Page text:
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Thread: Dead drops

  1. #1
    Join Date
    Nov 2014
    Posts
    47

    Dead drops

    https://deaddrops.com/

    Basically, it's a collection of flash drives where people can randomly share files. I'm not sure how I'd feel about plugging a random flash drive up to my laptop, but it's not like we haven't all plugged one in that was handed to us by an almost-stranger.

    I'll read up on this a bit more. Would this be something that would make for an interesting cache? Is it allowed?

  2. #2
    Join Date
    Feb 2010
    Location
    Van Buren
    Posts
    165
    There are caches out there that have dead drops I believe. I think some Multis or puzzles to get more coordinates or clues. But yeah, there seems to be concern with safety issues.
    Mother to 2 dogs - Foxer, the chicken herder and Bo, the pug, 1 kitty chupacabra princess Daksi and Married to a wonderful man, Pizzaboy2600.

  3. #3
    These are not allowed on geocaches published on the Geocaching.com website, precisely for the concerns expressed by cnwilk. Who knows what virus might be on the flash drive that could be passed on to your computer and therefore on to others? If you know of such a cache, please send me an email ([email protected]) with the GC code and exact cache name. And if you find a flash drive in a cache, I advise you to not plug it into your computer.
    "Volunteering is for suckers. Did you know that volunteers don't even get paid for the stuff they do?" -- Homer Simpson

  4. #4
    Join Date
    Feb 2010
    Location
    Van Buren
    Posts
    165
    Well, upon doing a quick search, I'm not seeing any that are listed on geocaching.com . I know a couple of years ago when I heard about this I read some Groundspeak forum threads regarding the possibilities of dead drops and geocaching. The only dead drop geocaches I'm seeing now are listed on Opencaching.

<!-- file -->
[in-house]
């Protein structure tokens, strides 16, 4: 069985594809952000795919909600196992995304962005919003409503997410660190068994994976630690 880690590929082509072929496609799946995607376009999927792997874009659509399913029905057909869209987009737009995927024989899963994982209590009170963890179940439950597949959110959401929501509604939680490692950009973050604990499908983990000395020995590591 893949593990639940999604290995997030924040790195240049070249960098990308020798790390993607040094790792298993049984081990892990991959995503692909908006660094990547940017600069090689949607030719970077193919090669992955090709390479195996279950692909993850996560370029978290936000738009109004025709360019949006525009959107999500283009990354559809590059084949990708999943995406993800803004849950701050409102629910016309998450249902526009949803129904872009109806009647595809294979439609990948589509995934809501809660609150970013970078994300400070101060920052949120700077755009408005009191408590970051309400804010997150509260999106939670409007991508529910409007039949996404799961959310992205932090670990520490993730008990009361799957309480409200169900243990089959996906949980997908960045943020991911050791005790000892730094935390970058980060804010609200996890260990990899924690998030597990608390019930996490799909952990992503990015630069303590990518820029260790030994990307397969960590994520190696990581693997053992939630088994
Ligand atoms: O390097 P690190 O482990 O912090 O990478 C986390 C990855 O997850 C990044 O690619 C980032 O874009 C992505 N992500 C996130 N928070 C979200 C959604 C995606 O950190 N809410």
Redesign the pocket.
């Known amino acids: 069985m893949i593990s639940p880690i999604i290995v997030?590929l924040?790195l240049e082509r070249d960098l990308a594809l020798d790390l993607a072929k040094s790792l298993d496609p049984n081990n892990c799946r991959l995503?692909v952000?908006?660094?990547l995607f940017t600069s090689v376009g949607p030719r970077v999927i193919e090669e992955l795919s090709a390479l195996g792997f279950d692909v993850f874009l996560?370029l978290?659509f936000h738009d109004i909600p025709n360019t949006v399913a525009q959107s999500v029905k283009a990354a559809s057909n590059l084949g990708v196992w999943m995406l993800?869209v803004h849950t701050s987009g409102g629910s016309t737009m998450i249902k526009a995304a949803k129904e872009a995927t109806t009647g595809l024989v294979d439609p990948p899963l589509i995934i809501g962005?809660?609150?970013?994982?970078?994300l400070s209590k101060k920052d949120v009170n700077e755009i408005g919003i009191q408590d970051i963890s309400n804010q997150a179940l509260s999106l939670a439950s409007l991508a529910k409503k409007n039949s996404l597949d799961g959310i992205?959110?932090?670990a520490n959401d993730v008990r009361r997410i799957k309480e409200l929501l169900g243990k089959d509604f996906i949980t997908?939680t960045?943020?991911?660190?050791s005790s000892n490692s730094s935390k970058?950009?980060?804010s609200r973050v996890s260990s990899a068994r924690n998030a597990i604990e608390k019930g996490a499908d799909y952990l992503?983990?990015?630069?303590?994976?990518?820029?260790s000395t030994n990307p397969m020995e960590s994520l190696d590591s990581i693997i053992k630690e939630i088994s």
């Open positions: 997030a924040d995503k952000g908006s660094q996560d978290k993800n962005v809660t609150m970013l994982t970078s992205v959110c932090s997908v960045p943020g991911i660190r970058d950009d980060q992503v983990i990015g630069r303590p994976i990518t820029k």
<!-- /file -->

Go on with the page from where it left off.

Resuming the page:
Mother to 2 dogs - Foxer, the chicken herder and Bo, the pug, 1 kitty chupacabra princess Daksi and Married to a wonderful man, Pizzaboy2600.

  5. #5
    Join Date
    Nov 2014
    Posts
    47
    I'm pretty experienced with computers, but I'm unsure if a flash drive can automatically put malicious code onto a computer or not. But I have definitely been handed a lot of flash drives by people who I don't know well, and never thought twice about it. They're given out by some companies as promotional items, and I suppose that a real sociopath could get into that supply. Ultimately, a flash drive in a geocache is about the least efficient delivery system for a virus, and the internet is far more useful.

    I still haven't watched the video or read the article, but it sure looks a lot like what we do. You can download something from the internet in minutes, but perhaps there is something so cool it's worth traveling somewhere to get it off a flash drive. Is that idea any crazier than going somewhere to find a film canister or a nano?

  6. #6
    Join Date
    Oct 2010
    Location
    Russellville
    Posts
    407
    I think they're very cool, but yes, drives are able to automatically execute malicious code on insertion and could really ruin your day. If you choose to play with them, be cautious.

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